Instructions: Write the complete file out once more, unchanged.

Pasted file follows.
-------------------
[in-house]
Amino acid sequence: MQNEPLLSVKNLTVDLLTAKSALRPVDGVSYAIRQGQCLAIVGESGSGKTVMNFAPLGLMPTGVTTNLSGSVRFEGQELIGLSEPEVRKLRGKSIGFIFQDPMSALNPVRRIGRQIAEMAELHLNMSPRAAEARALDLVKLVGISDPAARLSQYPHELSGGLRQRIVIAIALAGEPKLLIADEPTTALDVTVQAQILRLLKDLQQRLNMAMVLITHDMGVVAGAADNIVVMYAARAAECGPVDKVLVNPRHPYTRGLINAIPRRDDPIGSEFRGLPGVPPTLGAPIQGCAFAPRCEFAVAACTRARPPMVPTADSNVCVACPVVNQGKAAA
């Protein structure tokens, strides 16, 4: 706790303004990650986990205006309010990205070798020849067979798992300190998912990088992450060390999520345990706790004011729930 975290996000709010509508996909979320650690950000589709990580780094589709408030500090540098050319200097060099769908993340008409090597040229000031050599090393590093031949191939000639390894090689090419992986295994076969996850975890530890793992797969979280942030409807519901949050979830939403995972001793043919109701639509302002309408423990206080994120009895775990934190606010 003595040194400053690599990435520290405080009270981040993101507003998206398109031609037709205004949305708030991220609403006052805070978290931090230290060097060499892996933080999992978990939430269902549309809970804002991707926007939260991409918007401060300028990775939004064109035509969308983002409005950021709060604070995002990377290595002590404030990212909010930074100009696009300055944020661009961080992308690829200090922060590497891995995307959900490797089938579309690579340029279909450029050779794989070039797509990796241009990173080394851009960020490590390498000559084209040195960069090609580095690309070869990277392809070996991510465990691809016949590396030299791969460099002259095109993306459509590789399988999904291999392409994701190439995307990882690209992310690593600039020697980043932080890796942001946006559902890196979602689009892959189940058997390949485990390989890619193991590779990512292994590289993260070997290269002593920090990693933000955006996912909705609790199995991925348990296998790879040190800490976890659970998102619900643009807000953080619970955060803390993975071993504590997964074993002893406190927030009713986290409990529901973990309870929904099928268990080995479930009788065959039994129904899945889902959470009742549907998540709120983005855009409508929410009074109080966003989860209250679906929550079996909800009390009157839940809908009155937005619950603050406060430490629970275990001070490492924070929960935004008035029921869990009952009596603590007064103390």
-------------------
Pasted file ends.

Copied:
[in-house]
Amino acid sequence: MQNEPLLSVKNLTVDLLTAKSALRPVDGVSYAIRQGQCLAIVGESGSGKTVMNFAPLGLMPTGVTTNLSGSVRFEGQELIGLSEPEVRKLRGKSIGFIFQDPMSALNPVRRIGRQIAEMAELHLNMSPRAAEARALDLVKLVGISDPAARLSQYPHELSGGLRQRIVIAIALAGEPKLLIADEPTTALDVTVQAQILRLLKDLQQRLNMAMVLITHDMGVVAGAADNIVVMYAARAAECGPVDKVLVNPRHPYTRGLINAIPRRDDPIGSEFRGLPGVPPTLGAPIQGCAFAPRCEFAVAACTRARPPMVPTADSNVCVACPVVNQGKAAA
């Protein structure tokens, strides 16, 4: 706790303004990650986990205006309010990205070798020849067979798992300190998912990088992450060390999520345990706790004011729930 975290996000709010509508996909979320650690950000589709990580780094589709408030500090540098050319200097060099769908993340008409090597040229000031050599090393590093031949191939000639390894090689090419992986295994076969996850975890530890793992797969979280942030409807519901949050979830939403995972001793043919109701639509302002309408423990206080994120009895775990934190606010 003595040194400053690599990435520290405080009270981040993101507003998206398109031609037709205004949305708030991220609403006052805070978290931090230290060097060499892996933080999992978990939430269902549309809970804002991707926007939260991409918007401060300028990775939004064109035509969308983002409005950021709060604070995002990377290595002590404030990212909010930074100009696009300055944020661009961080992308690829200090922060590497891995995307959900490797089938579309690579340029279909450029050779794989070039797509990796241009990173080394851009960020490590390498000559084209040195960069090609580095690309070869990277392809070996991510465990691809016949590396030299791969460099002259095109993306459509590789399988999904291999392409994701190439995307990882690209992310690593600039020697980043932080890796942001946006559902890196979602689009892959189940058997390949485990390989890619193991590779990512292994590289993260070997290269002593920090990693933000955006996912909705609790199995991925348990296998790879040190800490976890659970998102619900643009807000953080619970955060803390993975071993504590997964074993002893406190927030009713986290409990529901973990309870929904099928268990080995479930009788065959039994129904899945889902959470009742549907998540709120983005855009409508929410009074109080966003989860209250679906929550079996909800009390009157839940809908009155937005619950603050406060430490629970275990001070490492924070929960935004008035029921869990009952009596603590007064103390």